This place, or the testimony therein given to the divine power of Jesus Christ, they seek thus to elude.
•Thea word here all things,' doth not, no more than in many other places, signify all things universally without exception, but is referred to those things only, which belong to the kingdom of Christ; of which it may truly be said, that the Lord Jesus beareth, that is, conserveth all things,' by the word of his power. But that the word all things,' is in this place referred unto those things only, appeareth sufficiently from the subject matter itself of it. Moreover, the word which this writer useth, to bear,' doth rather signify governing and administration, than preservation, as these words annexed by the word of his power,' seem to intimate.'
a Hic verbum, omnia, non minus quam in pluribus aliis locis, non omnia in universum sine ulla exceptione designare; verum ad ea tantum, quæ ad Christi reg. num pertineant, referri; de quibus vere dici potest, Dominum Jesum omnia verbo virtutis suæ portare, id est, conservare. Quod vero vox, omnia, hoc loco ad ea dun: taxat referatur, ex ipsa materia subjecta satis apparet. Præterea, verbum, quo hic utitur scriptor, portare, magis gubernandi vel administrandi rationem quam conser. vandi significat, quemadmodum illa, quæ annexa sunt, verbo virtutis suæ, innuere gidentur.
This indeed is jejune, and almost unworthy of these men, if any things may be said so to be. For 1. why is tà trávra here, the things of the kingdom of Christ?' It is the express description of the person of Christ, as the 'brightness of his Father's glory, and the express image of his person,' that the apostle is treating of, and not at all of his kingdom as Mediator. 2. It expressly answers the worlds that he is said to make, ver. 2. which are not the things of the kingdom of Christ; nor do our catechists plead them directly so to be. This term all things, is never put absolutely, for all the things of the kingdom of Christ. 3. The subject matter here treated of by the apostle, is the person of Jesus Christ, and the eminency thereof. The medium whereby he proves it to be so excellent, is his almighty power in creating and sustaining of all things. Nor is there any subject matter intimated, that should restrain these words to the things of the kingdom of Christ. 4. The word pépwv, neither in its native signification, nor in the use of it in the Scripture, gives any countenance to the interpretation of it, by governing or administering; nor can our catechists give any one instance of that signification there. It is properly to bear, to carry, to sustain, to uphold.' Out of nothing Christ made all things, and preserves them by his power from returning into nothing. 5. What insinuation of their sense they have from that expression, 'by the word of his power,'I know not. By the word of his power, is by his powerful word.' And that that word or command is sometimes taken for the effectual strength and efficacy of God's dominion, put forth for the accomplishing of his own purposes, I suppose needs not much proving. Grotius would have the words, dúvaus aúroő, to refer to the power of the Father; Christ upholdeth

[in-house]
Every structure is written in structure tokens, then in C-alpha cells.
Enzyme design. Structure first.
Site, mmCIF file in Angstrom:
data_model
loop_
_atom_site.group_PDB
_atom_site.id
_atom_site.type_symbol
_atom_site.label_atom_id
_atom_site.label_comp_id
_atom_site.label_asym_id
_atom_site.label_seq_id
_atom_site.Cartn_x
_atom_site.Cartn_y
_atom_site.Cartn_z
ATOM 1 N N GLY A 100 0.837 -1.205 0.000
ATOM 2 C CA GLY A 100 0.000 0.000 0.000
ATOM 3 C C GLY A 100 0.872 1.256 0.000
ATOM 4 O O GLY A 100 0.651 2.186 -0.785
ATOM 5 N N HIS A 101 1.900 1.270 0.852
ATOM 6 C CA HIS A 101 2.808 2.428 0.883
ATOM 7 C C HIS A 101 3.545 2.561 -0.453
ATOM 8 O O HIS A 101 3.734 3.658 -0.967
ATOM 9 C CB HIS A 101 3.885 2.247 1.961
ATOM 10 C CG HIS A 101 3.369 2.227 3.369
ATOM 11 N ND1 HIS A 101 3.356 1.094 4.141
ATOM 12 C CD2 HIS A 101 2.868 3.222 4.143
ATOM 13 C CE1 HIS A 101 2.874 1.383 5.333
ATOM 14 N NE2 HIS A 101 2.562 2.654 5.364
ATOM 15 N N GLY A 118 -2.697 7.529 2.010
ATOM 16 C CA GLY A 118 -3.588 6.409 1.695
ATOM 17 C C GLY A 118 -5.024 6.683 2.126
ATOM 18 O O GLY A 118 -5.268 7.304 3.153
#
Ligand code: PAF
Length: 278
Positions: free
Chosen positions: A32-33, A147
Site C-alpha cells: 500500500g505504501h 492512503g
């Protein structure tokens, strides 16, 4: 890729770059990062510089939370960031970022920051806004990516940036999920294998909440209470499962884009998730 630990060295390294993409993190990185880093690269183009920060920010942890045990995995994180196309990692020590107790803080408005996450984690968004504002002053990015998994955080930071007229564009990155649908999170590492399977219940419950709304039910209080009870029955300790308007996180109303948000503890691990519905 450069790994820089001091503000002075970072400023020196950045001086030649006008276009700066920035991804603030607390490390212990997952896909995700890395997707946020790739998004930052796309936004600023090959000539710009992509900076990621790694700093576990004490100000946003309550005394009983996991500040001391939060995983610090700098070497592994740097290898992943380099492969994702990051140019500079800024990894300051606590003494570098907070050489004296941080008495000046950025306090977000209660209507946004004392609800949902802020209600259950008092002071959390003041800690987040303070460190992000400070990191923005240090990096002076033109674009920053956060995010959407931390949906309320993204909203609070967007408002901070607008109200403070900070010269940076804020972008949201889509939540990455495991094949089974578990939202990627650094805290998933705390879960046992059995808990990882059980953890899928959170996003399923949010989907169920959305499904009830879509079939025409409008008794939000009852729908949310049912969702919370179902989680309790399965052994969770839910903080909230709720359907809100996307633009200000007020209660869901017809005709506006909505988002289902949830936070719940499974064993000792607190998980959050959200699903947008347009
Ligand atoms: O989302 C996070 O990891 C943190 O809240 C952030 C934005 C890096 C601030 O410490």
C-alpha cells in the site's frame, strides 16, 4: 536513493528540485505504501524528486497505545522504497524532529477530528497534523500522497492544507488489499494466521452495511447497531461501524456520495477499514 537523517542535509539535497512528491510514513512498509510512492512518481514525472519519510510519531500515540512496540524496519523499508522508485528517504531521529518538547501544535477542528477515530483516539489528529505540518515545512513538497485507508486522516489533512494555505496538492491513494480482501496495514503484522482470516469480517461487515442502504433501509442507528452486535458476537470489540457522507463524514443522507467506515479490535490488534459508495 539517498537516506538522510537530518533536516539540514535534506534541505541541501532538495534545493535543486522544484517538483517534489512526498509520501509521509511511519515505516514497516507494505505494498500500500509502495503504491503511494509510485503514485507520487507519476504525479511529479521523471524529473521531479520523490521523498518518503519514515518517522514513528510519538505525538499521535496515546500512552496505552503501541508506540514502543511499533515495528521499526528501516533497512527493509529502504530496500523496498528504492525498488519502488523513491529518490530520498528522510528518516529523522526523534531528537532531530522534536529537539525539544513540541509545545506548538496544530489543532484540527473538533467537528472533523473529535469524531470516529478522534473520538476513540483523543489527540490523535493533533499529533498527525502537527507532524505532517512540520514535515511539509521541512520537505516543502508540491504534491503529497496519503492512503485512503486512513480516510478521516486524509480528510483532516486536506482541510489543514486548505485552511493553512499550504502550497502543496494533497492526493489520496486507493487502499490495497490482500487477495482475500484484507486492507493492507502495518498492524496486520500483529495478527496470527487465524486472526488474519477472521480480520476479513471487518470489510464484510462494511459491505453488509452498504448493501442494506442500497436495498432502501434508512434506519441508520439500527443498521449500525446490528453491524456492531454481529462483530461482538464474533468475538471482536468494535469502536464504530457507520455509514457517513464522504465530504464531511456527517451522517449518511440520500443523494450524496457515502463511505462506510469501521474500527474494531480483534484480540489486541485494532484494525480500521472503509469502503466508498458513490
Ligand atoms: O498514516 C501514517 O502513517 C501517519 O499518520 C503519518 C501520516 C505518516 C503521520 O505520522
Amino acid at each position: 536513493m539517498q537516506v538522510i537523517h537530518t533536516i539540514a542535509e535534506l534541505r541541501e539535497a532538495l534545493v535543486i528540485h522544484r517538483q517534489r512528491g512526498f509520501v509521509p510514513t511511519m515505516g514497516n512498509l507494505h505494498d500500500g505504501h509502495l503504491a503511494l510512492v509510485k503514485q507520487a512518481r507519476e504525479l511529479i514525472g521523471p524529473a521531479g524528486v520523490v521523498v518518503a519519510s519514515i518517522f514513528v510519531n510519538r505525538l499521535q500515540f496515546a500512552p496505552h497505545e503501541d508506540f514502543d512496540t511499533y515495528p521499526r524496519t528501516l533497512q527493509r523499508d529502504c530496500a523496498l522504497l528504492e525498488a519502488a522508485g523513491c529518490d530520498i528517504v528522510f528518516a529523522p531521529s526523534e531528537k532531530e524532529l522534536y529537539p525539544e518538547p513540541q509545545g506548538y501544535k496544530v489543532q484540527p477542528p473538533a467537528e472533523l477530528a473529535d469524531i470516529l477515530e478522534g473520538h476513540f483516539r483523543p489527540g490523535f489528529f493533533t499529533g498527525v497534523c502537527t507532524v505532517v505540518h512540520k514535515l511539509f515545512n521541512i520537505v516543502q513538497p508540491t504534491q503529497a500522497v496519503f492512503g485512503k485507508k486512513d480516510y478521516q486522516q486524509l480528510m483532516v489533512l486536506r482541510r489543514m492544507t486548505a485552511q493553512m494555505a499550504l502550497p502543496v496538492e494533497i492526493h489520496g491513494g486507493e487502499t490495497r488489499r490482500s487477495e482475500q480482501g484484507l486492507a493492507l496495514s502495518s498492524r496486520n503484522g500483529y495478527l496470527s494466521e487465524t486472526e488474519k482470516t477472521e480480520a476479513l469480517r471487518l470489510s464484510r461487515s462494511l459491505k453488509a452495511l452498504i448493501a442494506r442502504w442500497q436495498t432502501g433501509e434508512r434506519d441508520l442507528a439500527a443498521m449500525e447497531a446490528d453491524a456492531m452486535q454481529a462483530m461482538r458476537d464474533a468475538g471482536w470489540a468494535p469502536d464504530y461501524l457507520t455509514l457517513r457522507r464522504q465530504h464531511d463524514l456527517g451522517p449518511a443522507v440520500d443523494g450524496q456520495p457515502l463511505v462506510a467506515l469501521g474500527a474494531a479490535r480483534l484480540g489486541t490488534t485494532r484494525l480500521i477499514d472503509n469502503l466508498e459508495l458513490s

all things by the word of his Father's power; without reason or proof; nor will the grammatical account bear that rendition of the relative mentioned.
About that which they urge out of Jude 15. I shall not contend. The testimony from thence relies on the authoz rity of the Vulgar Latin translation, which as to me, may plead for itself.
Neither of what is mentioned from 1 Cor. x. shall I insist on any thing, but only the 9th verse, the words whereof are : Neither let us tempt Christ, as some of them also tempted, and were destroyed of serpents.' The design of the apostle is known. From the example of God's dealing with the children of Israel in the wilderness upon their sin and provocations, there being a parity of state and condition between them and Christians, as to their spiritual participation of Jesus Christ, ver. 2–4. he dehorts believers from the ways and sins whereby God was provoked against them. Particularly in this verse, he insists on the tempting of Christ, for which the Lord sent fiery serpents among them, by which they were destroyed; Num. xxi. 6. He whom the people tempted in the wilderness, and for which they were destroyed by serpents, was the Lord Jehovah. Now this doth the apostle apply to Christ; he therefore is the Lord Jehovah. But they say,
* From those words it cannot be proved that Christ was really tempted in the wilderness; as from the like speech if any one should so speak, may be apprehended. . Be not refractory to the magistrates, as some of our ancestors were; you would not thence conclude straightway, that the same singular magistrates were in both places intended. And if the like phrases of speech are found in Scripture, in which the like expression is referred to him, whose name was expressed a little before, without any repetition of the
6 Ex iis verbis doceri non potest, apostolum affirmare, Christum in deserta revera tentatum fuisse; ut e simili oratione, siquis ita diceret, deprehendi potest. Ne sitis refractarii magistratui, quemadmodum quidam majorum nostrorum fuerunt; non illico concluderes eundem numero magistratum utrobique designari. Quod si reperiuntur in Scripturis ejusmodi loquendi modi, in quibus similis oratio ad eum, cujus nomen paulo ante expressum est, sine ulla illius ejusdem repetitione referatur, tum hoc ibi sit, ubi ullus alius præter eum, cujus expressum est nomen, subintelligi possit : ut exemplum ejus rei habes in illo testimonio, Deut. vi. 16. Non tentabis Dominum Deum tuum, quemadmodum tentasti in loco tentationis. Verum in ea oratione apostoli, de qua agimus, potest subintelligi alius præter Christum, ut Moses, Aaron, &c. de quo vide, Num. xxi. 5.